Approximately three weeks ago, the German Christian Democratic Union (CDU) held an election to replace their leader Annegret Kramp-Karrenbaur, who herself was Angela Merkel’s replacement after Merkel decided to step down from the CDU leadership in 2018. While Kramp-Karrenbaur had resigned last February, following difficulties she faced with establishing her authority within the party, an election to replace her had had to be postponed as a result of the pandemic.
The results of the elections, wherein long-term Merkel loyalist Armin Laschet was elected, has a number of implications for the direction Germany may be heading in with regards to climate and energy policy. While Laschet prides himself on the way in which he will essentially act as a continuation of Merkel and her policies, saying, “It’s important to me that we don’t choose a rupture with Angela Merkel, but rather continuity,” and highlighting how the 16 years of Merkel’s chancellorship brought about positive developments for Germany and that such policies should be maintained.
While Laschet has only been elected as the leader of the CDU, not as the Chancellor, he is a strong contender for the role. His main opponent can be seen as Markus Söder, the Minister-President of Bavaria, from the CDU’s Bavarian sister party, the Christian Social Union in Bavaria (CSU). Söder, it should be noted, has been portraying himself as an ecologically-oriented conservative and vying for an alliance with the Greens, who are at this point Germany’s second-largest party. Such an alliance would deliver a majority of almost 60%.
If Laschet were to emerge victorious from this race for the Chancellor position, it is likely he would not push as strongly for the same green agenda that Söder might. Despite being a strong backer of the transition Germany has in plan to a more hydrogen-based economy—again not diverging from the position established by Merkel—he, nonetheless, brings with him a reputation of being quite pro-industry. This is especially the case with regard to his role in Germany’s coal phase-out.
Though Laschet has argued for the need for climate action, he has also stressed the importance of achieving a balance so that climate policies, such as climate taxes and rules, do not cripple the economy. His personal background is somewhat telling as well: as the son of a coal miner coming from a coal-reliant state, he played a notable role in delaying the date by which Germany plans to phase out coal to 2038.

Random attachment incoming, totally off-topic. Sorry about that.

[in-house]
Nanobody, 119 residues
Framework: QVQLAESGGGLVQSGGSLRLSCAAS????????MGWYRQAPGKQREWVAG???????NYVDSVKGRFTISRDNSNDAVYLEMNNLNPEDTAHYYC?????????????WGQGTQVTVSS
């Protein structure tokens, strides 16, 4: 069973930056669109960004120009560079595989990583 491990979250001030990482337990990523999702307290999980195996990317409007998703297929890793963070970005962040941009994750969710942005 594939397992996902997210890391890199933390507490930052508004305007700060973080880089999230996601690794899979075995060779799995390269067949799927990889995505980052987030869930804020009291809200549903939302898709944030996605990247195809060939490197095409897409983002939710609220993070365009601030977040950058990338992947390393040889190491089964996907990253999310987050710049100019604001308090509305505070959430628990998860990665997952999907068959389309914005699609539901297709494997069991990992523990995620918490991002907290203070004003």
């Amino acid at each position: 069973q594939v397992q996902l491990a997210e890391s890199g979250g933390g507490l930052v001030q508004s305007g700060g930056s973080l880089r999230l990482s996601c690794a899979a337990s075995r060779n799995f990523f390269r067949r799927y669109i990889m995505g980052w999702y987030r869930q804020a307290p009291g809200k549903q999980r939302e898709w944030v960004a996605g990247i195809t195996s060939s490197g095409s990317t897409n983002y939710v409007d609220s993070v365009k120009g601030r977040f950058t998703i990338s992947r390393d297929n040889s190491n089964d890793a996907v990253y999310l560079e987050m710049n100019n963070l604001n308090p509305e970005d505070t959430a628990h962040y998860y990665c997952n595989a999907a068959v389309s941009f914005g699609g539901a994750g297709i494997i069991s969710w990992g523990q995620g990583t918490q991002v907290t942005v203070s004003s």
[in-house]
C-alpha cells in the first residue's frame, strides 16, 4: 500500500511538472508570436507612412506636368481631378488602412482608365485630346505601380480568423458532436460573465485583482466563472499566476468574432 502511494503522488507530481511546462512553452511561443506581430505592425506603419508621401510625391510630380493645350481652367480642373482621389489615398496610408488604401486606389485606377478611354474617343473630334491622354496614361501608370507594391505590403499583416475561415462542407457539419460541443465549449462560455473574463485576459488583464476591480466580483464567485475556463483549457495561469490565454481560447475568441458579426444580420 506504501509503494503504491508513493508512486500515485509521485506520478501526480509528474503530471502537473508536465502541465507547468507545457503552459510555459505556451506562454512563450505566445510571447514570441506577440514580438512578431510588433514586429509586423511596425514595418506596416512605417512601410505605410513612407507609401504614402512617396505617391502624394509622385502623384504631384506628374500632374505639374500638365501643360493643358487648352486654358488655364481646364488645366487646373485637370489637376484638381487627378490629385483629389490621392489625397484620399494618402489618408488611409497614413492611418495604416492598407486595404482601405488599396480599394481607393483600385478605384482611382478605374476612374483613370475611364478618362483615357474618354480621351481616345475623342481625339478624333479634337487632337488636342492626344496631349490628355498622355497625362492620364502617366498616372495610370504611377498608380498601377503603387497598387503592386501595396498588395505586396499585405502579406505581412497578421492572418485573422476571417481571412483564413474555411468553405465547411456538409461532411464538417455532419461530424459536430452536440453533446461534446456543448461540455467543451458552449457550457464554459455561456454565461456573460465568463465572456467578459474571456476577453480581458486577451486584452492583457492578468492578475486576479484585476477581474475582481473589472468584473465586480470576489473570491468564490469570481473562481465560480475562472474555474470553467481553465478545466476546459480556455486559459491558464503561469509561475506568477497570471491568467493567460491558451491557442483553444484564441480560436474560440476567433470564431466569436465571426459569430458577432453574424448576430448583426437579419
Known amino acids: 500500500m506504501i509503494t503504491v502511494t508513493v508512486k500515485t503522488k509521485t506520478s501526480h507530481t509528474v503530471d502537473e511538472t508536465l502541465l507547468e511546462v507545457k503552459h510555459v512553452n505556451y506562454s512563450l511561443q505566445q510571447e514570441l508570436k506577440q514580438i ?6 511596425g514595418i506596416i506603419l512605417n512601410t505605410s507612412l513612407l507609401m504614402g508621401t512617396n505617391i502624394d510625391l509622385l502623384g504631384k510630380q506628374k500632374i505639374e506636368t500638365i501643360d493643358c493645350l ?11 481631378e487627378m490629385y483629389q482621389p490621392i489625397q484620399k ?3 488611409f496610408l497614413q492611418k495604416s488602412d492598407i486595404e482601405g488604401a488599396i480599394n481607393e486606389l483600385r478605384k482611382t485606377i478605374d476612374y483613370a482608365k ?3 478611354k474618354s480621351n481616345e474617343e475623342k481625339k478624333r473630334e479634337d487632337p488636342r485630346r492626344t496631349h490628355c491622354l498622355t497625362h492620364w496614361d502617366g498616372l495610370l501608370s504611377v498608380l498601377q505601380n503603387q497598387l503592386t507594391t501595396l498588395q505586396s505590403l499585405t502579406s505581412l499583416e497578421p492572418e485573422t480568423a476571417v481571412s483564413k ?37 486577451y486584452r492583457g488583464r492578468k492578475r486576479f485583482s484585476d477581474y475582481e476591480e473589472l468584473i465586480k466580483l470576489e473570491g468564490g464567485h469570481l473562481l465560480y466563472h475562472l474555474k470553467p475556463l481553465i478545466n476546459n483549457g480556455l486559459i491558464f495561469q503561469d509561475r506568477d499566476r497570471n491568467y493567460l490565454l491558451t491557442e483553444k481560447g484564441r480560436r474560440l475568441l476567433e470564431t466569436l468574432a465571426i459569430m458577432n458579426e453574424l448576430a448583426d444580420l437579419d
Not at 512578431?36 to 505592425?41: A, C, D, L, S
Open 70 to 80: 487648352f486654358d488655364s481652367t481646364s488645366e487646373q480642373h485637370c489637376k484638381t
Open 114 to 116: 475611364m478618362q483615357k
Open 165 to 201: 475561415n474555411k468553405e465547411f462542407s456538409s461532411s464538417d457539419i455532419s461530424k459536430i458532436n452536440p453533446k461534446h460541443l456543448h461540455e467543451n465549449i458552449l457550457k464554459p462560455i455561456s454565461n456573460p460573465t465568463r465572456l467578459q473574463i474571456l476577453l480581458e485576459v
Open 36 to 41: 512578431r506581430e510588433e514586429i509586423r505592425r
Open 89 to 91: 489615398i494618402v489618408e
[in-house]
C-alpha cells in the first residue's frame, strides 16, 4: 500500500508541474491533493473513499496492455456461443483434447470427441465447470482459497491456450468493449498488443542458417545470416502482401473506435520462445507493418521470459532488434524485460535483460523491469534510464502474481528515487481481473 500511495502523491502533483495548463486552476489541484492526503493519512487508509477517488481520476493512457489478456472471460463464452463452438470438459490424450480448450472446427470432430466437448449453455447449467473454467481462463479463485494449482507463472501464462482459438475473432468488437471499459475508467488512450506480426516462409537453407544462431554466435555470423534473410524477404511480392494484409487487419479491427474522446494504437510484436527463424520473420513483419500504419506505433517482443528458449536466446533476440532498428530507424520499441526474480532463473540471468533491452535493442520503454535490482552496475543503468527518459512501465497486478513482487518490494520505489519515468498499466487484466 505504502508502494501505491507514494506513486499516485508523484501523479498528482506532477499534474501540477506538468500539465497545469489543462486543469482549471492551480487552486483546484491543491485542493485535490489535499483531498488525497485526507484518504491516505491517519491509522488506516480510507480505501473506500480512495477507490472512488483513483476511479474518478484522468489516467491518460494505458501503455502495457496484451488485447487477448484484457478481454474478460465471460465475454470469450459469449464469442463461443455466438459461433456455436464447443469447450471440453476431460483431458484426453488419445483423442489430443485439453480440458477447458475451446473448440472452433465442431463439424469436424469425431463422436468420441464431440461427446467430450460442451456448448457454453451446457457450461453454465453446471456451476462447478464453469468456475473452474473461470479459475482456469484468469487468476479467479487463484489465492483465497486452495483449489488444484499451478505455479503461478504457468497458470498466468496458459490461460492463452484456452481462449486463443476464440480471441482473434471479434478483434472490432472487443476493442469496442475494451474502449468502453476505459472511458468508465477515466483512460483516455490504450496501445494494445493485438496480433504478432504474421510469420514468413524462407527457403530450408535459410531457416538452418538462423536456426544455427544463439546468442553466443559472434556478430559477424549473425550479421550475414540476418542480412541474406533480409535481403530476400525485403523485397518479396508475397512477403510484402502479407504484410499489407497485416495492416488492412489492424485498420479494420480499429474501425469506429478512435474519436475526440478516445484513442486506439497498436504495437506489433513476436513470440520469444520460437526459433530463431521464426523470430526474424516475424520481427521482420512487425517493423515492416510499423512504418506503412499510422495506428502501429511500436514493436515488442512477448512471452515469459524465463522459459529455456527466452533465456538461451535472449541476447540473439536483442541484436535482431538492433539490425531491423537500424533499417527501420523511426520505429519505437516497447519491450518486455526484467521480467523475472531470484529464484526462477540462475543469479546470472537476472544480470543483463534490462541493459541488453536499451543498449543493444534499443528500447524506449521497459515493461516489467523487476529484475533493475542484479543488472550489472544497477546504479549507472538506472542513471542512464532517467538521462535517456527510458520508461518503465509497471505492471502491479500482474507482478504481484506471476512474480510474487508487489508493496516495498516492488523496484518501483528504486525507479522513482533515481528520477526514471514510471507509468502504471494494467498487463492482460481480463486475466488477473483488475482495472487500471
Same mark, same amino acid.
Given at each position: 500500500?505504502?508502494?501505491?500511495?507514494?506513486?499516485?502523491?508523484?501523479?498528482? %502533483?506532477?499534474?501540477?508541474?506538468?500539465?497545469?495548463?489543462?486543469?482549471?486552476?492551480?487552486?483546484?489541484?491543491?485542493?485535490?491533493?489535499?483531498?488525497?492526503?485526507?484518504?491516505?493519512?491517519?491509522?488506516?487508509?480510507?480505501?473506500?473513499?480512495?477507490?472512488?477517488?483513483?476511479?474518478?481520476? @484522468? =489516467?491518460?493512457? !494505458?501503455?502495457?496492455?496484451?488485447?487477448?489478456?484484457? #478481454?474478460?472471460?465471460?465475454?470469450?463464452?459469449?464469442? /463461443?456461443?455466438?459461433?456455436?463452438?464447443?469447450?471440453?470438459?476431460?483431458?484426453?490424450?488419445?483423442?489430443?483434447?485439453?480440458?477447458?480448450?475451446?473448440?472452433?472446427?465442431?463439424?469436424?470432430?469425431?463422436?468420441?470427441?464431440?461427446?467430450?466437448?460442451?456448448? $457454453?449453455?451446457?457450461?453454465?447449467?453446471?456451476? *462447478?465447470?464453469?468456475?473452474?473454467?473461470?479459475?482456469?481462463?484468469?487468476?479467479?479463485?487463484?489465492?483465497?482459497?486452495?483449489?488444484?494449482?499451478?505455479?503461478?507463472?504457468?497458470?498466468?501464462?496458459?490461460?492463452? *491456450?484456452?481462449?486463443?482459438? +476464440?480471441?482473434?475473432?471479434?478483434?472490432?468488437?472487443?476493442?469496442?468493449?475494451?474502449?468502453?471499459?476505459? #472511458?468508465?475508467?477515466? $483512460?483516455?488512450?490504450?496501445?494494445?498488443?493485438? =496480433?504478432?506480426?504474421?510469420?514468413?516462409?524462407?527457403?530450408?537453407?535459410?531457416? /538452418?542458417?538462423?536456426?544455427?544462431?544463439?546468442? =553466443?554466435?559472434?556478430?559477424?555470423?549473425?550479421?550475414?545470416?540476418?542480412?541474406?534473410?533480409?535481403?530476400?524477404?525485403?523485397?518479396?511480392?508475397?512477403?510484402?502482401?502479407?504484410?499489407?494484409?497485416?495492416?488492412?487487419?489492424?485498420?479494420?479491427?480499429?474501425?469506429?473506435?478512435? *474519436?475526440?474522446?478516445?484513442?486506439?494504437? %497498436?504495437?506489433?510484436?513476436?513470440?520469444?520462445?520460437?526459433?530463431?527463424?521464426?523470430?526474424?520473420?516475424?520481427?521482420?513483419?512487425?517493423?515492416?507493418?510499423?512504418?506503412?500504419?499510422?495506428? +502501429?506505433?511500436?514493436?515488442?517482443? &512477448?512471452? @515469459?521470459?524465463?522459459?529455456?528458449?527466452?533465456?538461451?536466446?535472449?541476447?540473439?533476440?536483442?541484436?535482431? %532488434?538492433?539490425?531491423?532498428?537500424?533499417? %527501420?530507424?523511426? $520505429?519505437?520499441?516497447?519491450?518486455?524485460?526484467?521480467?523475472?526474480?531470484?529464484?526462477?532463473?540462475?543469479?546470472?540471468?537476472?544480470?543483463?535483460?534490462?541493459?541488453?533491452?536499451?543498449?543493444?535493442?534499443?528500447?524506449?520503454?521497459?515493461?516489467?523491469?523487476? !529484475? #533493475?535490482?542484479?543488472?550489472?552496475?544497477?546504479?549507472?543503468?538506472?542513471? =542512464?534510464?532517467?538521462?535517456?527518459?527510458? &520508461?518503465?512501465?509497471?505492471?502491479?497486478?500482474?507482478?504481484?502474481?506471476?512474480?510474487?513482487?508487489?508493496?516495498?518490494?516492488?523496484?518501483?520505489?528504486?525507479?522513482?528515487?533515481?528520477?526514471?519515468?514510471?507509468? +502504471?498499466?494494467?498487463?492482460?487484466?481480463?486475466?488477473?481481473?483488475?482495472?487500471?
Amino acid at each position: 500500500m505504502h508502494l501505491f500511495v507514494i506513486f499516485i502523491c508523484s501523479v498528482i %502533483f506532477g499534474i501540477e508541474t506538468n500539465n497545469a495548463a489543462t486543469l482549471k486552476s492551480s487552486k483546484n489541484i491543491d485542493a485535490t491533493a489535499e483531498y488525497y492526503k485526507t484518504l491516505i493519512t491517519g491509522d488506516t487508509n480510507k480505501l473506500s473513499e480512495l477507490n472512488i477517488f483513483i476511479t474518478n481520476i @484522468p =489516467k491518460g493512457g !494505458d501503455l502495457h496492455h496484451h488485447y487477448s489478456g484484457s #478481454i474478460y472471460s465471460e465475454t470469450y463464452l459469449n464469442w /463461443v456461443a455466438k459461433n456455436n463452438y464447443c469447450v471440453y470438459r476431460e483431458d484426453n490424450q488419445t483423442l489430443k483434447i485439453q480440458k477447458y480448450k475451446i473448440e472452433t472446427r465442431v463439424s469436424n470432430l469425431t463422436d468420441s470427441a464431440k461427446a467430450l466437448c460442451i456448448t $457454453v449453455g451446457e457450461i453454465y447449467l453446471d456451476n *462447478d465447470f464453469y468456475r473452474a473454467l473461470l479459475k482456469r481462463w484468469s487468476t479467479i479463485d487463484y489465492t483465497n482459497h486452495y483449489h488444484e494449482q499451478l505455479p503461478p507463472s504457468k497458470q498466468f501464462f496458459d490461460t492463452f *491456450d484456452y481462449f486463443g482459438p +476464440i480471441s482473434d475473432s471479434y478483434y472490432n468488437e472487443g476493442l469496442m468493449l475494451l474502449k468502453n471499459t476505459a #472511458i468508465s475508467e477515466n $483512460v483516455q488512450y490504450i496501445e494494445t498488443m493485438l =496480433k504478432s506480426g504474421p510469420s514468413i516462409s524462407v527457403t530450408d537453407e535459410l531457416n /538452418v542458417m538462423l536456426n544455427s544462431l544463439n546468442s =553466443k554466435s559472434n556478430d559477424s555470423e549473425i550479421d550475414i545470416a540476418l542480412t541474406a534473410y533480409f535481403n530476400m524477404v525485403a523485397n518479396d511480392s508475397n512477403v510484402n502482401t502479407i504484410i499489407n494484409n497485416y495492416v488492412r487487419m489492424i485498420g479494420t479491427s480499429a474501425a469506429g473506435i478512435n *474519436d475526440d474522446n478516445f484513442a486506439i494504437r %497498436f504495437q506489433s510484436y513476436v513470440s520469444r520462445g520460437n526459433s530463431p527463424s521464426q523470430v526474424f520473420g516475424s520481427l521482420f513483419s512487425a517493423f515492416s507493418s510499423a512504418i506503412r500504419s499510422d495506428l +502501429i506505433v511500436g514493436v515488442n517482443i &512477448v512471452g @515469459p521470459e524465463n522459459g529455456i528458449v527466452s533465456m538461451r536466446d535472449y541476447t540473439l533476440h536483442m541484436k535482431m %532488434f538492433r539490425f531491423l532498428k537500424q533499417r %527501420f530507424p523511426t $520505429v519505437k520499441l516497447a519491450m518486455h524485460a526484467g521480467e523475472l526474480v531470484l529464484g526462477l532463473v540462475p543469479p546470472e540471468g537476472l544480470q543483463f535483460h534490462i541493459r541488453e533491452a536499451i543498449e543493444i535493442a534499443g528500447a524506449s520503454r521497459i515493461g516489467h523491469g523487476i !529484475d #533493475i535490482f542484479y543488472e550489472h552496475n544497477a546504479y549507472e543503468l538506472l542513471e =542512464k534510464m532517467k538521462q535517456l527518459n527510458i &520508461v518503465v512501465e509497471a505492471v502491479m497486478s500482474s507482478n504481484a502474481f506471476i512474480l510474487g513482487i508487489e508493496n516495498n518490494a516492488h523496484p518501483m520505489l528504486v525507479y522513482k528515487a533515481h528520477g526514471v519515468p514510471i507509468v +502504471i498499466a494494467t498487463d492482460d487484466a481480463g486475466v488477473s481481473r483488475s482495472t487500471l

This phase-out plan stipulates that the mines and utilities impacted by this exit from coal would be compensated for their lost production. Overall, approximately €40 billion has been earmarked for compensation payments, with the four states with lignite mines and coal-fired power plants being targeted in particular—namely, Brandenburg, Saxony, Saxony-Anhalt, and North Rhine-Westphalia.
As the former Minister-President of North Rhine-Westphalia, Germany’s biggest coal mining state, it is not surprising that Laschet played a significant part in such negotiations. In fact, he has even he has expressed his support of the phase-out, despite the way in which it is North Rhine-Westphalia that will bear much of the burden of this policy. However, regardless of the support he has voiced, Laschet has also taken a notably industry-friendly position when it comes to the compensation that the owners of such coal plants will receive.
While Laschet can be seen as mainly a continuation of Merkel’s policies, some have argued they diverge when it comes to climate action. It is claimed that Laschet’s view of tough climate policies pushing industry away, given higher power prices and stricter regulations, diverges from Merkel’s stance of how taking determined action on climate brings long-term economic stability.
As Franziska Brantner, an MP for the German Greens has expressed, “If Laschet carries his course on climate and coal policy in NRW (North Rhine-Westphalia) over to the federal government, things will look bad for climate protection in Germany.” This sentiment is particularly telling since, as mentioned above, the Greens appear to be the most likely coalition partner of the CDU/CSU, but if Laschet maintains his current position, it may turn out to be a rocky coalition.
It remains to be seen how well Laschet will perform on the national stage—with the upcoming elections in Baden-Württemberg and Rhineland-Palatine to act as early indicators of his political success. Likewise, whether or not a more ‘green’ conservative, such as Markus Söder, will take Laschet’s place as the joint CDU/CSU candidate for Chancellor also seems likely to become clearer with time.
One thing is more evident, though: whoever is to replace her, Merkel’s departure creates a leadership vacuum at the EU level that is going to be difficult to fill, at least at the current moment. The loss of the political leadership and direction she has long provided the EU could have negative impacts on how well difficult compromises she played a key role in crafting, such as with the raising of the EU emissions reductions targets, hold up in the absence of such strong leadership.